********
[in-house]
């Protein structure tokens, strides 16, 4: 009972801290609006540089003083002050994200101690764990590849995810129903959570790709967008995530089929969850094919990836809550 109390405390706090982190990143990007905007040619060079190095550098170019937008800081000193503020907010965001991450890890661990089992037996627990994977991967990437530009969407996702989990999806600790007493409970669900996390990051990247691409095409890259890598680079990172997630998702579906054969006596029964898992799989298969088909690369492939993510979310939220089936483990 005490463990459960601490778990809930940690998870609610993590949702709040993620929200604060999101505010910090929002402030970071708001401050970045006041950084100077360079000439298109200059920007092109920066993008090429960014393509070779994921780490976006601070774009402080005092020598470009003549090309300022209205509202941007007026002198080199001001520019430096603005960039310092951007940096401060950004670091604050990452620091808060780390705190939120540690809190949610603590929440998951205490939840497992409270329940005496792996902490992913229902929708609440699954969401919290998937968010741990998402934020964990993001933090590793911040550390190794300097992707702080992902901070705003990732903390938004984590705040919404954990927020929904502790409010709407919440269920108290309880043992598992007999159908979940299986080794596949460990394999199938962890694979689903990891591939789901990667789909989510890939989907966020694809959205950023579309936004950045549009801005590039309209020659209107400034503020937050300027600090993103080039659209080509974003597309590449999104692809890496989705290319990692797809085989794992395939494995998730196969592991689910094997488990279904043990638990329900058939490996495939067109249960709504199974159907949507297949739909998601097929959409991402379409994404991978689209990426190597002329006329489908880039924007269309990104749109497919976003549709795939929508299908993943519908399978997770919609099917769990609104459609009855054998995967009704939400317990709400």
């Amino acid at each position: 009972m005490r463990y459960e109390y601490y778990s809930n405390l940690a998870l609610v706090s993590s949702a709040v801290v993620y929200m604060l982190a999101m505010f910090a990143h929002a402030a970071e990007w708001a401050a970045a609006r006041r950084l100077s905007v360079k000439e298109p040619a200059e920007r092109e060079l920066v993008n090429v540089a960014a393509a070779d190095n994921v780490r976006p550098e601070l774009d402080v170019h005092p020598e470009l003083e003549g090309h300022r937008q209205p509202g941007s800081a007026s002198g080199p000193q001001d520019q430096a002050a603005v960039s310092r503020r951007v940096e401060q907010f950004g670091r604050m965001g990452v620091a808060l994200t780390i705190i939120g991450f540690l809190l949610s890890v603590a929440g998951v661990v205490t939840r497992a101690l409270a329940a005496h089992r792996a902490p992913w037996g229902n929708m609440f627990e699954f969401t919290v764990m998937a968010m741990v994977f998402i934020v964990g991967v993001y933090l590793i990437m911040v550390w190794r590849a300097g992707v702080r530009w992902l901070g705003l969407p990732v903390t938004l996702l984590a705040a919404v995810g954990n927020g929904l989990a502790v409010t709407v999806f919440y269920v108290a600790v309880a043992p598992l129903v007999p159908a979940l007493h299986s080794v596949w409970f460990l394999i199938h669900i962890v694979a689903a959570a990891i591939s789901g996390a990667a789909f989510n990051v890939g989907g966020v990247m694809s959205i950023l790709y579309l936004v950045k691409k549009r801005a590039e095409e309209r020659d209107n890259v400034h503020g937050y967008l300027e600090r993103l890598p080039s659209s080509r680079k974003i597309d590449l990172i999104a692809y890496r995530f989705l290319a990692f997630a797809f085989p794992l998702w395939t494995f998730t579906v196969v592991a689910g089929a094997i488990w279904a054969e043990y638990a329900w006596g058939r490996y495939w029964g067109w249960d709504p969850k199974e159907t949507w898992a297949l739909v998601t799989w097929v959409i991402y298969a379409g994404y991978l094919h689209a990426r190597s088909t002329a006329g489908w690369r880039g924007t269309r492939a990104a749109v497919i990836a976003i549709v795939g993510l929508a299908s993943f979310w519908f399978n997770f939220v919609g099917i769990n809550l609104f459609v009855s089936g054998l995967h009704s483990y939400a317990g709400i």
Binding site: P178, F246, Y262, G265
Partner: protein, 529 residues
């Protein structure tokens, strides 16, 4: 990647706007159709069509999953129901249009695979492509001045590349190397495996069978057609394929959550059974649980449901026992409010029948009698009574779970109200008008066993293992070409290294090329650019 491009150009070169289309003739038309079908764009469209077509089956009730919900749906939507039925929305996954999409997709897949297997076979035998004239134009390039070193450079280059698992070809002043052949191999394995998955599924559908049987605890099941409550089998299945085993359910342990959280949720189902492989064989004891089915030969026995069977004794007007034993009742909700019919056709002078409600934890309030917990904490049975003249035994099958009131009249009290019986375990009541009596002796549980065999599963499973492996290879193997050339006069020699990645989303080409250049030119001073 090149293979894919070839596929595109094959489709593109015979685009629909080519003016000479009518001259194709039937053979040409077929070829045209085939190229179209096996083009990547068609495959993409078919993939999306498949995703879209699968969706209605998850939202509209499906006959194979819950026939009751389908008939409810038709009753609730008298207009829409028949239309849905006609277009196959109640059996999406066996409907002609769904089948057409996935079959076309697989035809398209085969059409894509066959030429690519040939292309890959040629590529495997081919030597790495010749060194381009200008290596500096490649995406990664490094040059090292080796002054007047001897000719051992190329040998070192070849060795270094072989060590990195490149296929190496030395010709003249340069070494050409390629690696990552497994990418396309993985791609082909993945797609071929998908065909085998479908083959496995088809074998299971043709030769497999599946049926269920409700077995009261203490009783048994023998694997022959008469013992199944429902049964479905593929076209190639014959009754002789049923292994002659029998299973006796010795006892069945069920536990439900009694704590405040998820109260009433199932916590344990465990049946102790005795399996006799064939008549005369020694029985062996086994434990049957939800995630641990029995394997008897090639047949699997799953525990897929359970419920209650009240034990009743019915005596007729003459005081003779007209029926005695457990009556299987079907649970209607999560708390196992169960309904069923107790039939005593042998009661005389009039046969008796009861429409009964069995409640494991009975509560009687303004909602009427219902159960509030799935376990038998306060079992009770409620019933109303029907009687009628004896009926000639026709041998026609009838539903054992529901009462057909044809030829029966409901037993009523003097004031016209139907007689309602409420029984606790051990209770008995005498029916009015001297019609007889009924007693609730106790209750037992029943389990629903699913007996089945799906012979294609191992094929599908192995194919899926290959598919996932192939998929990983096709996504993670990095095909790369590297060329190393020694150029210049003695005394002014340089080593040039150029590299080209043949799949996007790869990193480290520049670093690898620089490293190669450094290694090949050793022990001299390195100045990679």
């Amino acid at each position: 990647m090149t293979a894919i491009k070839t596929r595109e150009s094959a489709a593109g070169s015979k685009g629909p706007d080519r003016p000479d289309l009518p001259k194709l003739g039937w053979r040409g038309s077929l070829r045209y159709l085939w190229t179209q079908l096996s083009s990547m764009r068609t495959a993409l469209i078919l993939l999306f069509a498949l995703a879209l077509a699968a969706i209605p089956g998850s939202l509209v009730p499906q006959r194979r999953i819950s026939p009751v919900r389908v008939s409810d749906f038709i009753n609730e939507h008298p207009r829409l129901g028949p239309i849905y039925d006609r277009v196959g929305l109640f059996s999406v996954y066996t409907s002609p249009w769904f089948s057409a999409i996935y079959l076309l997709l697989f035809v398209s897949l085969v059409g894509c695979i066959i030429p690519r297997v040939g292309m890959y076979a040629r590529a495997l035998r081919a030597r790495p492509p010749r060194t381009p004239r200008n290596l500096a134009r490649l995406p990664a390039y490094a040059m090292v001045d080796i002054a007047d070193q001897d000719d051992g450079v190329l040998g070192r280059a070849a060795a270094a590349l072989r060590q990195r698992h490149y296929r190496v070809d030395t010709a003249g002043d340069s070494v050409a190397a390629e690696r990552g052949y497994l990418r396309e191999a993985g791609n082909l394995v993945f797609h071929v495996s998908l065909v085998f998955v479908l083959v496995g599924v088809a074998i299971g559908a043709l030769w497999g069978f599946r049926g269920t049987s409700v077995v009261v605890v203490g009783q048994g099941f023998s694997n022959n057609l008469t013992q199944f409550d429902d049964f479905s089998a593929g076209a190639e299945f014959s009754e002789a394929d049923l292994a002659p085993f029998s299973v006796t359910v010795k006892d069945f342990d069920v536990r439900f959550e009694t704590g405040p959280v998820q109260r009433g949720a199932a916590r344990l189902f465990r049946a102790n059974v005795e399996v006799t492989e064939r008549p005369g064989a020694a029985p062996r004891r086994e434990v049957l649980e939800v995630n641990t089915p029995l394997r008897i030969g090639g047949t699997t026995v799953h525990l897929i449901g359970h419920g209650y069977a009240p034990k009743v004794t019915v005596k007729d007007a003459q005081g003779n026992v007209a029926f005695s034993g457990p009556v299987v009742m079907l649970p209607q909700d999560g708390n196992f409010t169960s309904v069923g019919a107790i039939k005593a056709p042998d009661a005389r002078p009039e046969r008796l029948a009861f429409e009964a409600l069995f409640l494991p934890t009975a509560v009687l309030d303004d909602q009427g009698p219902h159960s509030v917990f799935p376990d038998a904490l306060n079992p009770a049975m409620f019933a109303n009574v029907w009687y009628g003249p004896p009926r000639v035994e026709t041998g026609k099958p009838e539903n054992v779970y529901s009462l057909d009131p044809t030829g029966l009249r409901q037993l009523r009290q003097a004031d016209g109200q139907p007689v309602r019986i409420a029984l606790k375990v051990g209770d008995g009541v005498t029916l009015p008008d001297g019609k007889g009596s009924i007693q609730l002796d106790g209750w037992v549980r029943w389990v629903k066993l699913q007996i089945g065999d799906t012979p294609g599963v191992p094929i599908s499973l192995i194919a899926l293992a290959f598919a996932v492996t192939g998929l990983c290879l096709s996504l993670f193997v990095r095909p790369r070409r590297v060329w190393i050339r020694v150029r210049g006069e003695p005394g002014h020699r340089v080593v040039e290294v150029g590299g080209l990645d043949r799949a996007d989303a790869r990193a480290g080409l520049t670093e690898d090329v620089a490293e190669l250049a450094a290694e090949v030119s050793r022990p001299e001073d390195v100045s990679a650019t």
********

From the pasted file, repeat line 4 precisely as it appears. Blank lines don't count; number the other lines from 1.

Binding site: P178, F246, Y262, G265